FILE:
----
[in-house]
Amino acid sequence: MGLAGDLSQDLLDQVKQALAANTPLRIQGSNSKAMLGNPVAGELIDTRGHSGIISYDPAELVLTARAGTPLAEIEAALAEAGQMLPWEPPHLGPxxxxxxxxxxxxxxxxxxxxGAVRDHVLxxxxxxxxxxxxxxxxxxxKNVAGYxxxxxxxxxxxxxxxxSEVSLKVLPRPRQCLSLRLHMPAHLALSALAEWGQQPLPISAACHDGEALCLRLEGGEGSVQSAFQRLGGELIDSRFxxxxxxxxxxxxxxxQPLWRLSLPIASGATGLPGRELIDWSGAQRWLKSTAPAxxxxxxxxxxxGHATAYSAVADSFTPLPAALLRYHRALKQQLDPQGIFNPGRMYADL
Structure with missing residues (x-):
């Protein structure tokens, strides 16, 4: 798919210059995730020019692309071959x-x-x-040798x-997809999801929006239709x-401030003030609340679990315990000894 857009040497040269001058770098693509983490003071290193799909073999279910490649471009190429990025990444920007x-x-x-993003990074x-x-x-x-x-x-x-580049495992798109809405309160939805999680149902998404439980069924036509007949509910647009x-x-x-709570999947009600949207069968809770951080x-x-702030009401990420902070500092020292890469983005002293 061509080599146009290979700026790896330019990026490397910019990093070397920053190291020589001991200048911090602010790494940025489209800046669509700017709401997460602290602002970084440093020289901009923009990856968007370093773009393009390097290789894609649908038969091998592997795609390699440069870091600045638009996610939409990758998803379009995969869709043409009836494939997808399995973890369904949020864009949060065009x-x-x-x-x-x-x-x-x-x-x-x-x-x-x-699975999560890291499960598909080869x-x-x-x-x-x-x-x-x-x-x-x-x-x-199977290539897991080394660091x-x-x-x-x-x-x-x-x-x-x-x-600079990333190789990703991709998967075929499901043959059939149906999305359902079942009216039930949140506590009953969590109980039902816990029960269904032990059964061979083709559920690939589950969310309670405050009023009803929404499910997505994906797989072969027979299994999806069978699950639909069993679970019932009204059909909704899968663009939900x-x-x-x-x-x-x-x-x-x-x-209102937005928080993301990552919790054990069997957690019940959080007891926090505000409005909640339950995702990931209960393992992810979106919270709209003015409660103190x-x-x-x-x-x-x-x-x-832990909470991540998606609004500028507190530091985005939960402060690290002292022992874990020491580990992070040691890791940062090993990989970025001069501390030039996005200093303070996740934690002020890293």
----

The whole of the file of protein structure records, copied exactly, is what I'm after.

[in-house]
Amino acid sequence: MGLAGDLSQDLLDQVKQALAANTPLRIQGSNSKAMLGNPVAGELIDTRGHSGIISYDPAELVLTARAGTPLAEIEAALAEAGQMLPWEPPHLGPxxxxxxxxxxxxxxxxxxxxGAVRDHVLxxxxxxxxxxxxxxxxxxxKNVAGYxxxxxxxxxxxxxxxxSEVSLKVLPRPRQCLSLRLHMPAHLALSALAEWGQQPLPISAACHDGEALCLRLEGGEGSVQSAFQRLGGELIDSRFxxxxxxxxxxxxxxxQPLWRLSLPIASGATGLPGRELIDWSGAQRWLKSTAPAxxxxxxxxxxxGHATAYSAVADSFTPLPAALLRYHRALKQQLDPQGIFNPGRMYADL
Structure with missing residues (x-):
């Protein structure tokens, strides 16, 4: 798919210059995730020019692309071959x-x-x-040798x-997809999801929006239709x-401030003030609340679990315990000894 857009040497040269001058770098693509983490003071290193799909073999279910490649471009190429990025990444920007x-x-x-993003990074x-x-x-x-x-x-x-580049495992798109809405309160939805999680149902998404439980069924036509007949509910647009x-x-x-709570999947009600949207069968809770951080x-x-702030009401990420902070500092020292890469983005002293 061509080599146009290979700026790896330019990026490397910019990093070397920053190291020589001991200048911090602010790494940025489209800046669509700017709401997460602290602002970084440093020289901009923009990856968007370093773009393009390097290789894609649908038969091998592997795609390699440069870091600045638009996610939409990758998803379009995969869709043409009836494939997808399995973890369904949020864009949060065009x-x-x-x-x-x-x-x-x-x-x-x-x-x-x-699975999560890291499960598909080869x-x-x-x-x-x-x-x-x-x-x-x-x-x-199977290539897991080394660091x-x-x-x-x-x-x-x-x-x-x-x-600079990333190789990703991709998967075929499901043959059939149906999305359902079942009216039930949140506590009953969590109980039902816990029960269904032990059964061979083709559920690939589950969310309670405050009023009803929404499910997505994906797989072969027979299994999806069978699950639909069993679970019932009204059909909704899968663009939900x-x-x-x-x-x-x-x-x-x-x-209102937005928080993301990552919790054990069997957690019940959080007891926090505000409005909640339950995702990931209960393992992810979106919270709209003015409660103190x-x-x-x-x-x-x-x-x-832990909470991540998606609004500028507190530091985005939960402060690290002292022992874990020491580990992070040691890791940062090993990989970025001069501390030039996005200093303070996740934690002020890293």